Eating allergic foods often cause symptoms of digestive disorders(376), including gas, stomach pains, diarrhea, constipation, bloating, etc. can cause allergen-producing L. lactis strains(377) induced imbalance of bacteria in digestive systems, leading to overgrowth of bad bacteria quickly.

5. Regular intake of Allium satvum (garlic)
Allium satvum is a species in the onion family Alliaceae, native to Central Asia. Garlic beside is best known for its effectiveness in treating hypertension(378), hyper cholesterol(379), blood thinner(380) and cancer(381), it also contains high amount of phytoncides that inhibits the growth of microorganisms(382) and phytoalexin called allicin was found to have anti-oxidative(383)(384) and anti-microbial effects(385) that would be helpful to keep a healthy digestive system and prevent the growth out of control of bad bacteria.

6. Enhances immune system
Living healthy and eating healthy foods such as such as whole grain, fresh fruits, vegetables, nuts and seeds, beans and legumes (see more of Over 100 Healthy Foods List ) provide your body with necessary nutrients, including antioxidants, vitamins and minerals, that not only optimizes the digestive absorption but also enhances the immune  system(386)(387)in fighting against inflammation(389) and infection(388) caused by virus and bacteria.

7. UVC therapy
Light therapy is considered as a type of treatment of exposing to daylight or to specific wavelengths of light, used to accelerate wound healing(390), hair growth, and improved blood properties(391)  Statistical analysis found in vitro candida strains were sensitive to UVC(392) and photodynamic therapy with malachite green(393).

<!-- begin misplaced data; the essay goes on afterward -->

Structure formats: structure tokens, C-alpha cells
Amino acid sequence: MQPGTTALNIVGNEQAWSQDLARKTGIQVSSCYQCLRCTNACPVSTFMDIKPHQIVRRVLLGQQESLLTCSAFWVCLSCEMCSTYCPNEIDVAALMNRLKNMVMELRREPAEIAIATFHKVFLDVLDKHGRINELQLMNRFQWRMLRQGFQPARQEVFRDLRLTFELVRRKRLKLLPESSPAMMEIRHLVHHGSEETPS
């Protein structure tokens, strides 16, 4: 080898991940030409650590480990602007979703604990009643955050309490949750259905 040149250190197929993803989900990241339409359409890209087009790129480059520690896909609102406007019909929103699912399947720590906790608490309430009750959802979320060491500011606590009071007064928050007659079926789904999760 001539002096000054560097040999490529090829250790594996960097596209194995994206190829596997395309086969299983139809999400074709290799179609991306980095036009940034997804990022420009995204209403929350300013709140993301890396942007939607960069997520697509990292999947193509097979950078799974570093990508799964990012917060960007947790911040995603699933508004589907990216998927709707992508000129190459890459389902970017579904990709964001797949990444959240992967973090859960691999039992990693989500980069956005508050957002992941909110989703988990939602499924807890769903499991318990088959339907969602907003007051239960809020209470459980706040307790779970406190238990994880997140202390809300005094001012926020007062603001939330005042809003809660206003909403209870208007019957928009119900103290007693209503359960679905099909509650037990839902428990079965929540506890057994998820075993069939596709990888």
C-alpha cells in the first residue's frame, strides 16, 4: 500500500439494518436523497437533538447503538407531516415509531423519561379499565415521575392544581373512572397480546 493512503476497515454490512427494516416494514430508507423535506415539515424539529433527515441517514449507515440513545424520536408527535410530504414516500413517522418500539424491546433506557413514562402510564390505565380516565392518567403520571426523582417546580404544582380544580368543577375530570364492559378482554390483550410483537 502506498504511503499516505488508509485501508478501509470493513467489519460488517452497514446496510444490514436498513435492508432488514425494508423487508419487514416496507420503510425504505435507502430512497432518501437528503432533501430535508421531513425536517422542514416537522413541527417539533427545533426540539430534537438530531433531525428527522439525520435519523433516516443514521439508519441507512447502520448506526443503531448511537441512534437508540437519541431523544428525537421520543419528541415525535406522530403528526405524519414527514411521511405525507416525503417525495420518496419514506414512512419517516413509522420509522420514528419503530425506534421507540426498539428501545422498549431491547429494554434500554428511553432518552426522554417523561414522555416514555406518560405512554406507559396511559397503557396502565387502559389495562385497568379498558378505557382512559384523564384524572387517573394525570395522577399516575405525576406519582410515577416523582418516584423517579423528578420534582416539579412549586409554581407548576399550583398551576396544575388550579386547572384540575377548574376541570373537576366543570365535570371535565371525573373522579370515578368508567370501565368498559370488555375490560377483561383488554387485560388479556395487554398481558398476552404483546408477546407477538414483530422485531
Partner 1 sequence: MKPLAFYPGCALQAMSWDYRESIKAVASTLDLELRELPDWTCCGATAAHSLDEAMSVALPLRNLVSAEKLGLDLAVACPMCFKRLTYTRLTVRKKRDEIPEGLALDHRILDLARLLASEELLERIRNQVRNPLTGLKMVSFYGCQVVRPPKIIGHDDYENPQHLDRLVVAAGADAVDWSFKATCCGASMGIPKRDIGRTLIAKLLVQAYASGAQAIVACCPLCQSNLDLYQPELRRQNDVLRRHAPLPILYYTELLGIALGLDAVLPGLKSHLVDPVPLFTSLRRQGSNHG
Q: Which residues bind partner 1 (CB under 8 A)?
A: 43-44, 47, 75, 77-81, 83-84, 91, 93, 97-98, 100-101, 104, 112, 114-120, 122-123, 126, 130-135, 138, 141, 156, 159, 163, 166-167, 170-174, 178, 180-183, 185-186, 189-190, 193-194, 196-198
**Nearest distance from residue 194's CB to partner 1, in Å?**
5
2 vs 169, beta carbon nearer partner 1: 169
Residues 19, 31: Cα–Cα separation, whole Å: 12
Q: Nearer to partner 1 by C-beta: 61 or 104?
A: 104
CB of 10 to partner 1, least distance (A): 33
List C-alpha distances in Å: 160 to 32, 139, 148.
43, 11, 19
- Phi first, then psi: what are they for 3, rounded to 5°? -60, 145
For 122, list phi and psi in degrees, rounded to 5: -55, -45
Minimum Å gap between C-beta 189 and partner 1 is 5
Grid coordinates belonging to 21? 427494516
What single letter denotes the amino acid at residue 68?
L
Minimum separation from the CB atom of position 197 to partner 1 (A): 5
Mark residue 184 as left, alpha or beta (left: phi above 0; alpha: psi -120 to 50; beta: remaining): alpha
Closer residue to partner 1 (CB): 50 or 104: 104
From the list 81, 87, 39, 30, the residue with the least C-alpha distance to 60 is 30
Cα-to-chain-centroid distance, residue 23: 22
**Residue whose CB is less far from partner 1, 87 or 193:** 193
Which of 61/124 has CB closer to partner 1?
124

8. Exercise
Exercise is important in enhancing the immune system(394) to reduce the likelihood of getting yeast infections(385) but also put your body in a better position to fight off the candida.

9. Reduce stress
Signs of stress may be cognitive, emotional, physical or behavioral, signs of poor judgment, a general negative outlook, can depress the immune system(395) and impair the digestive system(396), causing psoriasis(397), a chronic autoimmune disease and gastrointestinal tract infection(396), leading to more favorable conditions for unhealthy candida to multiple.

10. Specific sexual practices and sexual behavior
A study in USA revealed that a 75% percentage of women have had candida yeast overgrowth at some points in their lives in comparison to only 45% of men. Sexual practices such as receptive anal and oral sex and douching increase the risk of infectious candida(398). Risk of vulvovaginal candidiasis also increases  in women who have sex with several women partners(399)(400). If you noticed changes in your body such as thick, cheese-like discharges, pain during sex and an itchy burning sensation, check with your doctor immediately.

11. Etc.

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+ References
(1) Non-albicans Candida spp. causing fungaemia: pathogenicity and antifungal resistance by Krcmery V1, Barnes AJ.(PubMed)
(2) Pathogenicity and drug resistance in Candida albicans and other yeast species. A review by Mishra NN1, Prasad T, Sharma N, Payasi A, Prasad R, Gupta DK, Singh R.(PubMed)
(3)  Multidrug resistance in yeast Candida by Prasad R1, Kapoor K.(PubMerd)
(4) New evidence that Candida albicans possesses additional ATP-binding cassette MDR-like genes: implications for antifungal azole resistance. by Walsh TJ1, Kasai M, Francesconi A, Landsman D, Chanock SJ.(PubMed)
(5) Mechanisms of resistance to azole antifungal agents in Candida albicans isolates from AIDS patients involve specific multidrug Sanglard D1, Kuchler K, Ischer F, Pagani JL, Monod M, Bille J.(PubMed)